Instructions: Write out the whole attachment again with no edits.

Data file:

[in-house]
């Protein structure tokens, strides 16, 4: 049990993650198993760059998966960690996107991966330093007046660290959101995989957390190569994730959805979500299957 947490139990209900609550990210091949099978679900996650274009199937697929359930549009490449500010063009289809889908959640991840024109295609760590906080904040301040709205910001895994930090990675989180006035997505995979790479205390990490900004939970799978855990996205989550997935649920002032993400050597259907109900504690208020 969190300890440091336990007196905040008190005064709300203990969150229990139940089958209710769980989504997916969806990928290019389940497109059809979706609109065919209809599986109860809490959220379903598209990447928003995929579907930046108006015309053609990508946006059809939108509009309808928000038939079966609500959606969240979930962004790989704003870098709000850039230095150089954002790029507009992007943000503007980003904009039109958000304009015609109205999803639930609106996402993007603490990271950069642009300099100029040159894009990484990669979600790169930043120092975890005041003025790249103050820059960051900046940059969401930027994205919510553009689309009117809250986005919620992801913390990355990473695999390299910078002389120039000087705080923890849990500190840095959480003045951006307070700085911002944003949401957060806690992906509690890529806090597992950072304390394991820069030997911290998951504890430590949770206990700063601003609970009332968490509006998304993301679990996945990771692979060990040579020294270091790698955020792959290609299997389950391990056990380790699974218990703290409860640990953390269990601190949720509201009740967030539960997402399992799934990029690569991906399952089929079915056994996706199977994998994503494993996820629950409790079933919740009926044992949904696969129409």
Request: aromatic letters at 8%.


[in-house]
């Protein structure tokens, strides 16, 4: 049990993650198993760059998966960690996107991966330093007046660290959101995989957390190569994730959805979500299957 947490139990209900609550990210091949099978679900996650274009199937697929359930549009490449500010063009289809889908959640991840024109295609760590906080904040301040709205910001895994930090990675989180006035997505995979790479205390990490900004939970799978855990996205989550997935649920002032993400050597259907109900504690208020 969190300890440091336990007196905040008190005064709300203990969150229990139940089958209710769980989504997916969806990928290019389940497109059809979706609109065919209809599986109860809490959220379903598209990447928003995929579907930046108006015309053609990508946006059809939108509009309808928000038939079966609500959606969240979930962004790989704003870098709000850039230095150089954002790029507009992007943000503007980003904009039109958000304009015609109205999803639930609106996402993007603490990271950069642009300099100029040159894009990484990669979600790169930043120092975890005041003025790249103050820059960051900046940059969401930027994205919510553009689309009117809250986005919620992801913390990355990473695999390299910078002389120039000087705080923890849990500190840095959480003045951006307070700085911002944003949401957060806690992906509690890529806090597992950072304390394991820069030997911290998951504890430590949770206990700063601003609970009332968490509006998304993301679990996945990771692979060990040579020294270091790698955020792959290609299997389950391990056990380790699974218990703290409860640990953390269990601190949720509201009740967030539960997402399992799934990029690569991906399952089929079915056994996706199977994998994503494993996820629950409790079933919740009926044992949904696969129409």
Request: aromatic letters at 8%.